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The Tone, the Battery, and the MAF

Not even one full day since I replaced the air filter and cleaned the MAF sensor did the errors come back. The first time I enthusiastically punched the throttle, the “PSM Off” and “ABS” lights illuminated. Seems to me, it’s likely the MAF, so I ordered one online for $175.

Two days later, I was driving on the highway and the CEL (Check Engine Light) illuminated. If I have a bad MAF, then the CEL should be on, so this didn’t worry me too much. However, it there was some additional strange behavior. A day or two after that, I punched the throttle to escape the vicinity of an obnoxiously slow driver – I don’t know why people think that going 30 in a 45 is acceptable. When I did this, the “PSM Off” and “ABS” lights illuminated (as expected), but within a few second the CEL went off. That was weird.


Seemingly unrelated, I started experiencing a high-pitched tone, like one of those used to test your hearing. You can barely hear it, but it’s there, and it drives you insane. This was coming from the stereo system, which was only recently installed. It was such an annoying tone that I have to keep the radio powered off, or else I would go mad.

I stopped by Audio Design (since they did all the stereo work) and spoke with Mike, the owner of the place. Mike is an incredibly knowledgeable person when it comes to anything stereo related… and Porsche related. His top priority is quality workmanship. I can’t boast enough about the attention to detail and the high quality work his shop performs.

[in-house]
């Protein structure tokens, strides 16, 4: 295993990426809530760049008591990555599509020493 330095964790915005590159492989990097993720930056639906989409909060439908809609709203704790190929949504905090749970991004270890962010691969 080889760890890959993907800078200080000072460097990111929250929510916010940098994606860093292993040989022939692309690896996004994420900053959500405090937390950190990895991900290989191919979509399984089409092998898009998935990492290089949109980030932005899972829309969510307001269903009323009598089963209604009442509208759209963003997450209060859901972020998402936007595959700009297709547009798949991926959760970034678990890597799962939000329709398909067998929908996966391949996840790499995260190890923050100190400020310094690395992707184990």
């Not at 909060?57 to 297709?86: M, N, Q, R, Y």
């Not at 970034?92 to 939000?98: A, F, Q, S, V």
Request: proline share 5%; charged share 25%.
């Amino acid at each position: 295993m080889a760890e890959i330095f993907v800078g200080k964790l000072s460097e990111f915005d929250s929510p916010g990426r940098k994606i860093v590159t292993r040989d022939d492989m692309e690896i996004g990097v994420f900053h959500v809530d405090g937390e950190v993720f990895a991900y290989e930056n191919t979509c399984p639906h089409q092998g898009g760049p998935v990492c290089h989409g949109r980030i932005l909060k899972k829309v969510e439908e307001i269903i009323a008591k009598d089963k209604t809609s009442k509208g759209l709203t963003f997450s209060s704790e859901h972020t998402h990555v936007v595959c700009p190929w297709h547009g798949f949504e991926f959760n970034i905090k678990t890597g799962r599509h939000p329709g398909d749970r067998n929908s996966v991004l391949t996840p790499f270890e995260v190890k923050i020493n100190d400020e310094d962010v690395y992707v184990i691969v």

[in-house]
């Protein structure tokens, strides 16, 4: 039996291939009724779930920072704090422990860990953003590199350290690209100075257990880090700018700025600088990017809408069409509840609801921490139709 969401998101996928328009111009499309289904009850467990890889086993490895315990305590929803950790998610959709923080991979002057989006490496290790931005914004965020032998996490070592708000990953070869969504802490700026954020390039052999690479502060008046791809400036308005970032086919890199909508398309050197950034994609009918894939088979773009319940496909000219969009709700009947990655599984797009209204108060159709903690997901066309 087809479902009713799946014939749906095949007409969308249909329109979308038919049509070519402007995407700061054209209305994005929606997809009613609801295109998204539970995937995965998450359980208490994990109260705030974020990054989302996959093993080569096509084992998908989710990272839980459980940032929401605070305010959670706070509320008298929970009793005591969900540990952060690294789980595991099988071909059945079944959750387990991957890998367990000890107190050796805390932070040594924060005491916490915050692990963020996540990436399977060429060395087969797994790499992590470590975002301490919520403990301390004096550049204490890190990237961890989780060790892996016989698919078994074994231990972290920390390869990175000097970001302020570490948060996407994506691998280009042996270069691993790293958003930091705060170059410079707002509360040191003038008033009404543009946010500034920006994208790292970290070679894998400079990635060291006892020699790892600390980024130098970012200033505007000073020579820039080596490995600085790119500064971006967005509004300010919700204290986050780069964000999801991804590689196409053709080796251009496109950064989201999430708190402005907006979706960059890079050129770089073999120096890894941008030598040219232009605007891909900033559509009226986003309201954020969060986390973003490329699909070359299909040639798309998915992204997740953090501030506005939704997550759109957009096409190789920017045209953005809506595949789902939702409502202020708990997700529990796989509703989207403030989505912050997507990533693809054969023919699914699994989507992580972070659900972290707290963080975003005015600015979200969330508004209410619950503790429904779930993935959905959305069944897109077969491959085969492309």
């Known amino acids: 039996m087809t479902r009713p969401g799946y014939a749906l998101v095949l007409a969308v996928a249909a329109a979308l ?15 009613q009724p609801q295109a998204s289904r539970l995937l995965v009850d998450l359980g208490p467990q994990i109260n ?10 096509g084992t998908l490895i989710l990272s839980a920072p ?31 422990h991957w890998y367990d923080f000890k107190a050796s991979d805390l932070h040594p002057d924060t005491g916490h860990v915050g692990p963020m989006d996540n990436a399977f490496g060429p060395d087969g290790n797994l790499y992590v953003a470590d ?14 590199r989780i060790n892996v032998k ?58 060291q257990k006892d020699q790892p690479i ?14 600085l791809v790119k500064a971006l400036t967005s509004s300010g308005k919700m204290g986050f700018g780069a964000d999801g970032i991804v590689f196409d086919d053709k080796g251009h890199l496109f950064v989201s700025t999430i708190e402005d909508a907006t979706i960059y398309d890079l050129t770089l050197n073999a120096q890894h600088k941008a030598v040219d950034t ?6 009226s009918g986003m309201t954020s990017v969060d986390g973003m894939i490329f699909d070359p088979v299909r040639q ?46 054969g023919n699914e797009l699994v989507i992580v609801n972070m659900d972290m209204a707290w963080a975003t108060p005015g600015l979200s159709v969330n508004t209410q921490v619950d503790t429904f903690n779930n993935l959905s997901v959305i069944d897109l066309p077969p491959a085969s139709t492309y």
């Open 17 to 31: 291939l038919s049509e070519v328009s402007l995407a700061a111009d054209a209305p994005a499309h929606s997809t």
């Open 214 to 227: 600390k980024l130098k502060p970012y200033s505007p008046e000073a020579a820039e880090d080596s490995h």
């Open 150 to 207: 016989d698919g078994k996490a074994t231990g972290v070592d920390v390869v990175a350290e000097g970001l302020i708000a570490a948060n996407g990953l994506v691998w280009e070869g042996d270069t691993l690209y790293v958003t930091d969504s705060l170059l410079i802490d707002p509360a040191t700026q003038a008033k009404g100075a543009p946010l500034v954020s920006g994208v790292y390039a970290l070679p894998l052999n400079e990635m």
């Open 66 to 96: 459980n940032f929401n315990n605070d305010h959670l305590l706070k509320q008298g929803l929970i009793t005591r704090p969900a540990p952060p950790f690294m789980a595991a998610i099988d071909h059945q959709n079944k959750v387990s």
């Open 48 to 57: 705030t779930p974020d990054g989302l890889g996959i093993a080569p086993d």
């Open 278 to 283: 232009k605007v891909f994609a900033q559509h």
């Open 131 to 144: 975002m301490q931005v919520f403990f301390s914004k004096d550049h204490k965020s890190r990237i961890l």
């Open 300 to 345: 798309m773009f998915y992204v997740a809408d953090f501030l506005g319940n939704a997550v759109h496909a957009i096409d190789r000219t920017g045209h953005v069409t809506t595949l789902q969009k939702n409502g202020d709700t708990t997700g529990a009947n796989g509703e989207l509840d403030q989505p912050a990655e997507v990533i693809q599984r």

Mike seemed a bit surprised there was a tone, he actually checked for that before releasing the car to me after all the work was complete. And, it certainly wasn’t there the first couple of weeks. But somehow, it’s there now. He explained how factory stereos generally put out less volts than after market stereos and that it may need to be grounded. I’m probably butchering his explanation, but it made perfect sense when he explained it. However, not to let any possibility—no matter how remote—pass by unnoticed, he mentioned there was always a chance it could be the battery or the alternator.

It dawned on me that I had no idea how old the battery in the car might be. The following morning I got in my car and it was a bit slow to startup. Not terribly slow, but slower than normal. This reminded me of the time my Boxster was having trouble starting, it had the same behavior, and it needed a new battery. So, I took the 996 to RMG and had Dan check my battery. As turns out, the battery was seven years old and tested poorly. I had the battery replaced on the spot. After replacing the battery, Dan tested the entire electrical system and the new battery, which specifically tests the alternator. Everything passed with flying colors.

However, that did not resolve the high-pitched tone coming from my stereo system. But, it’s possible there may be another cause. When Dan went to replace the battery, he noticed the horn honked when the factory alarm was set. Apparently, it’s not supposed to do this. He immediately asked if I had the stereo replaced (Dan didn’t know about the history of my stereo).